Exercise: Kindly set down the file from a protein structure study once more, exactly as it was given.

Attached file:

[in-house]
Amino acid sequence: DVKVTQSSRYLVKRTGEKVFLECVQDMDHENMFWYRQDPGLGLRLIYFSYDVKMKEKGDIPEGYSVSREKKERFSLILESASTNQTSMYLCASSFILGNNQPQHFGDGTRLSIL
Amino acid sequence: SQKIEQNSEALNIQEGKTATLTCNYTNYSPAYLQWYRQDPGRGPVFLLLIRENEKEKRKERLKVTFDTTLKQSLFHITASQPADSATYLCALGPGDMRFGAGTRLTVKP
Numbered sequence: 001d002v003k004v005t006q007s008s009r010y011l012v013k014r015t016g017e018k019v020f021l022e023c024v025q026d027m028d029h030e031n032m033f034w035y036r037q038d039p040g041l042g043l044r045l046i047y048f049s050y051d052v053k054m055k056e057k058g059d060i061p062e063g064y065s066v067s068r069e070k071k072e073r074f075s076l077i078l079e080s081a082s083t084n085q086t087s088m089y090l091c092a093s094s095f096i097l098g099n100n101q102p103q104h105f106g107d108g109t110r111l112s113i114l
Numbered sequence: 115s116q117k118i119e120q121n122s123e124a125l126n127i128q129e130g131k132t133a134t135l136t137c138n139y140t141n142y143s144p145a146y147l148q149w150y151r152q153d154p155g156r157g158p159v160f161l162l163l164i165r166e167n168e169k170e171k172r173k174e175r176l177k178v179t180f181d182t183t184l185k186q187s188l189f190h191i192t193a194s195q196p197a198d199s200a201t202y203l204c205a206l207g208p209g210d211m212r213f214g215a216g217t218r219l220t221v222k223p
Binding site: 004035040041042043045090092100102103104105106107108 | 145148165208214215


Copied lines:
[in-house]
Amino acid sequence: DVKVTQSSRYLVKRTGEKVFLECVQDMDHENMFWYRQDPGLGLRLIYFSYDVKMKEKGDIPEGYSVSREKKERFSLILESASTNQTSMYLCASSFILGNNQPQHFGDGTRLSIL
Amino acid sequence: SQKIEQNSEALNIQEGKTATLTCNYTNYSPAYLQWYRQDPGRGPVFLLLIRENEKEKRKERLKVTFDTTLKQSLFHITASQPADSATYLCALGPGDMRFGAGTRLTVKP
Numbered sequence: 001d002v003k004v005t006q007s008s009r010y011l012v013k014r015t016g017e018k019v020f021l022e023c024v025q026d027m028d029h030e031n032m033f034w035y036r037q038d039p040g041l042g043l044r045l046i047y048f049s050y051d052v053k054m055k056e057k058g059d060i061p062e063g064y065s066v067s068r069e070k071k072e073r074f075s076l077i078l079e080s081a082s083t084n085q086t087s088m089y090l091c092a093s094s095f096i097l098g099n100n101q102p103q104h105f106g107d108g109t110r111l112s113i114l
Numbered sequence: 115s116q117k118i119e120q121n122s123e124a125l126n127i128q129e130g131k132t133a134t135l136t137c138n139y140t141n142y143s144p145a146y147l148q149w150y151r152q153d154p155g156r157g158p159v160f161l162l163l164i165r166e167n168e169k170e171k172r173k174e175r176l177k178v179t180f181d182t183t184l185k186q187s188l189f190h191i192t193a194s195q196p197a198d199s200a201t202y203l204c205a206l207g208p209g210d211m212r213f214g215a216g217t218r219l220t221v222k223p
Binding site: 004035040041042043045090092100102103104105106107108 | 145148165208214215